By James Conlon

I can barely remember a time when I didn’t know Dick Horowitz.

The Metropolitan Opera’s Principal Timpanist first joined the orchestra in 1946 and retired only three years ago, in 2012. Those sixty-six years are a record: the longest-serving musician in the history of the Met’s orchestra. It has been estimated that he played tens of thousands of performances. He passed away on November 2, leaving a unique legacy.

I first met him in 1969 when I was studying with Jean Morel at the Juilliard School. As Morel had been a timpanist before he became a conductor, he had a special relationship with Dick (as he was known to all). Despite his well-known fierce Gallic character, Dick was clearly among Morel’s favorites.

He introduced us, explaining that I was one of his students, and that I had a particular interest in opera.  Dick had also studied with him. He asked me a lot of questions, and we discovered that we had not just a teacher in common, but also an Alma Mater, from which I had graduated the previous year–the High School of Music and Art.  After our meeting, knowing I wanted to conduct, he then “adopted” me.

Long before I started conducting at the Met, he used to invite me to sit behind him at rehearsals. I was able to absorb the inner workings of the orchestra from his perspective. I noted with what special care he marked his part as if it were a detailed roadmap with cues from all over the orchestra. From his perch, with his acute ears, he heard everything that went on. When I first came to conduct at the Met a few years later, he was there, lending a hand, support, advice and counsel (and, of course, generously making batons for me, which he loved to do).

He loved his work and he loved the orchestra. He was affectionately known to some as “the Phantom of the Opera,” as he could be found in the Met corridors at almost any hour of the day. He lived in northeastern Queens, close to where I grew up, so I understood why he didn’t want to deal with the commute more than once a day.  When I was still living with my parents, he drove me home late at night after performances on more than one occasion. We discovered that one of his cousins had been my English teacher in Junior High School. These were a few of the nonmusical links that we shared.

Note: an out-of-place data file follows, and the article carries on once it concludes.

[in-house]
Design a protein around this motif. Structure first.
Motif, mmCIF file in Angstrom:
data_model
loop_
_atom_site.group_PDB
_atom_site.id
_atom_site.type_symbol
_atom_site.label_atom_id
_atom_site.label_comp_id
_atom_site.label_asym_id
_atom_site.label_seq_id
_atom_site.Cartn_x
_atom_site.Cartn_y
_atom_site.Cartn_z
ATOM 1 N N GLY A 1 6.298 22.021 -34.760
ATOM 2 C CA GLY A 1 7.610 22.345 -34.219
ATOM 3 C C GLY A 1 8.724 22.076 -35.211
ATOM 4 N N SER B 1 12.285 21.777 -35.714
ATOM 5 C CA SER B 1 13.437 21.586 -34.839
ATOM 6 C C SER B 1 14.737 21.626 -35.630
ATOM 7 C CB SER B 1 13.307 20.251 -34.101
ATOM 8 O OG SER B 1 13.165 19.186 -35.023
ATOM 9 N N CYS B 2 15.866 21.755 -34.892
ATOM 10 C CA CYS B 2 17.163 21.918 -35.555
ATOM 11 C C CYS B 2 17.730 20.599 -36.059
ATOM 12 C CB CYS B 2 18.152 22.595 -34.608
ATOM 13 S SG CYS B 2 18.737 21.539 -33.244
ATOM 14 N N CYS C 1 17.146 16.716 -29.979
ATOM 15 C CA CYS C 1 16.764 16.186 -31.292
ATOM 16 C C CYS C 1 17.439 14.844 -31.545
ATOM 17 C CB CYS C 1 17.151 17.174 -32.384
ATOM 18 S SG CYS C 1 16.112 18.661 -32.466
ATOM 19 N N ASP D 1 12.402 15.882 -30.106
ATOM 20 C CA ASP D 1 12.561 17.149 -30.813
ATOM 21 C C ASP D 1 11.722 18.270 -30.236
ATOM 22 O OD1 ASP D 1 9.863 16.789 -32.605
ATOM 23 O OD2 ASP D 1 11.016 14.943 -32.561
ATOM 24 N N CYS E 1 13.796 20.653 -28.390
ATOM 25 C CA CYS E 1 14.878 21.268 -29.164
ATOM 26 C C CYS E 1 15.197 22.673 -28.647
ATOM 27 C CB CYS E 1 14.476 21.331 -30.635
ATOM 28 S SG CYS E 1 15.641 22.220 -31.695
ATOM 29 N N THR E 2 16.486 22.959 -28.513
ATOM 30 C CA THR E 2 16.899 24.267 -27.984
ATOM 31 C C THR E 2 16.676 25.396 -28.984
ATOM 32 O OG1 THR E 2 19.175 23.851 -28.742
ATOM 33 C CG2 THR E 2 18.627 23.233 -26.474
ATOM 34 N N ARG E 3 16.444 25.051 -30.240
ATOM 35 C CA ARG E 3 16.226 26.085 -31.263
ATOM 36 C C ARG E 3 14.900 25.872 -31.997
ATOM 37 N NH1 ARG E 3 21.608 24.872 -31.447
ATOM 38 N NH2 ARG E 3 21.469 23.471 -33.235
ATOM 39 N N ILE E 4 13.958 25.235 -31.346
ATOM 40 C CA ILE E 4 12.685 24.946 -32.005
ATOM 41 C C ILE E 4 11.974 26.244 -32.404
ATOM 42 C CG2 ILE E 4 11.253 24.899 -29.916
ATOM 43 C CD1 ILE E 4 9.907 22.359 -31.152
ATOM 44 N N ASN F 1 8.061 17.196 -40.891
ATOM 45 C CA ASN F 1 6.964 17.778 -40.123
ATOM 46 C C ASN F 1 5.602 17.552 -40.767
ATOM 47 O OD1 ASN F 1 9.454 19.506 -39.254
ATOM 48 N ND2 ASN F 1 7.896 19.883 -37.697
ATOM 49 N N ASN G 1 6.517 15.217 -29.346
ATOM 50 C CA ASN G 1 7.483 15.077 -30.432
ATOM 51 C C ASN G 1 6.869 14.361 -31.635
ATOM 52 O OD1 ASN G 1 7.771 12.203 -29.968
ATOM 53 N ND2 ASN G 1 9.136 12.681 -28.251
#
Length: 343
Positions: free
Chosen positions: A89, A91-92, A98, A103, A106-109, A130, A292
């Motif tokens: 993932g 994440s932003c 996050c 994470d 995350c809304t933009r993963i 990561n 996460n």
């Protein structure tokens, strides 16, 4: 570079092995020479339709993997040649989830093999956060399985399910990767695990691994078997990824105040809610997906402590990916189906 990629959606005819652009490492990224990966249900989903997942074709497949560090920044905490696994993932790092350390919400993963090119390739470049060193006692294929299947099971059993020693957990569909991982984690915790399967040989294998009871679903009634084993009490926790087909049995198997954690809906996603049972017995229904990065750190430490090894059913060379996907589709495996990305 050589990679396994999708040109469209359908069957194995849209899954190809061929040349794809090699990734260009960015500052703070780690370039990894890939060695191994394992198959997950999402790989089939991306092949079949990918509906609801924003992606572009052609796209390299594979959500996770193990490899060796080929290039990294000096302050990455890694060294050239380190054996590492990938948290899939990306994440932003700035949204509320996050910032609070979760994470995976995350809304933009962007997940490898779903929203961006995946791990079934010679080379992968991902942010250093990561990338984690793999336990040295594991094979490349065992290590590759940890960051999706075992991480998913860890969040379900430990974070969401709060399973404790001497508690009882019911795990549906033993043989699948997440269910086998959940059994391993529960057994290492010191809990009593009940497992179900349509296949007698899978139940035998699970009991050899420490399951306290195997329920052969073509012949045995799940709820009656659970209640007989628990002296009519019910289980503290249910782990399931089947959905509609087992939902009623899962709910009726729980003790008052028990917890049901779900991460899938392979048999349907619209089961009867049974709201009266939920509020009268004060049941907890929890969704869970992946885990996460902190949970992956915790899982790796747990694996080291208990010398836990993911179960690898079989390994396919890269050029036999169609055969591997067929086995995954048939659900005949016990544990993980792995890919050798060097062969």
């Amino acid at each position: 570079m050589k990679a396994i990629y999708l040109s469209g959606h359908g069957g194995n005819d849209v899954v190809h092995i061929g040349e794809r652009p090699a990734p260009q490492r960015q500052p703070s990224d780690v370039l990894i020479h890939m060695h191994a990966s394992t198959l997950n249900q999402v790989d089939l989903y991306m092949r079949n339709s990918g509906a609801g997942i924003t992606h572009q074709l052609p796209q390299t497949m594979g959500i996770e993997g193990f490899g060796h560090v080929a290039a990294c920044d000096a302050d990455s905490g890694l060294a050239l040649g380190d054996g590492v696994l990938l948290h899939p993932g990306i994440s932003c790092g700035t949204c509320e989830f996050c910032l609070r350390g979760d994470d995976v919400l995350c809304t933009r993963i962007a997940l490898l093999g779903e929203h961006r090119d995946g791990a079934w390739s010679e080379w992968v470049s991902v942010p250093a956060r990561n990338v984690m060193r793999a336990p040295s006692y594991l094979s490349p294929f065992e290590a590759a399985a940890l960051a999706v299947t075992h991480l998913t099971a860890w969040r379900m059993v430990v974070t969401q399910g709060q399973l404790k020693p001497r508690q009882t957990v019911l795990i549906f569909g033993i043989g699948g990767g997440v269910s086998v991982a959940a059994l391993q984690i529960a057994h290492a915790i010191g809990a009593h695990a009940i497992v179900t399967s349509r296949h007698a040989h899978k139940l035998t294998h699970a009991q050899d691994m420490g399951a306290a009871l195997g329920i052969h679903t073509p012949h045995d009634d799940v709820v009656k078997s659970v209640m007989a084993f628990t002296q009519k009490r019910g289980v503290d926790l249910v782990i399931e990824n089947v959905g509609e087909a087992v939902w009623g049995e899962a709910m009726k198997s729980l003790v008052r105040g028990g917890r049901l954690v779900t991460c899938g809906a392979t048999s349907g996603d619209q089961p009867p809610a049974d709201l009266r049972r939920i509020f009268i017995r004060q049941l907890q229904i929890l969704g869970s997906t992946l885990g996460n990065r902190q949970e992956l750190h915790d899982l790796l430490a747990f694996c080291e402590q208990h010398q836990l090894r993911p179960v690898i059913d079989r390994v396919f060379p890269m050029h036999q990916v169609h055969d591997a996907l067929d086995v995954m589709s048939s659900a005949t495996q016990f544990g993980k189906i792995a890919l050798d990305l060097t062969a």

For the first twenty years of my career, I always consulted him as I added opera after opera to my repertory. He gave me photocopies of his own annotated parts for every one of them. Dick always “corrected” the pitches of the timpani that were discordant. All of the nineteenth century Italian operas were written before the pedals on the timpani allowed for quick changes of notes. The pitch was less distinct at the time and so the notes that did not fit harmonically were probably not disturbing to contemporary ears. That was no longer true in the modern era and Dick went about correcting them systematically for hundreds of operas.

The public hears the orchestra in a pit as an entity, a collective. An opera orchestra is less visible to that public. Consequently many of its individuals are less well known and sometimes unrecognized. To all of us who worked with and knew Dick Horowitz, he was an inspiring presence. His sixty-six years at the Met stand as a monumental record. His great legacy is now preserved, thanks to the release of the archives of the Met broadcasts. He was a great and unforgettable musician who earned the respect of all who worked with him and the affection of all who knew him.


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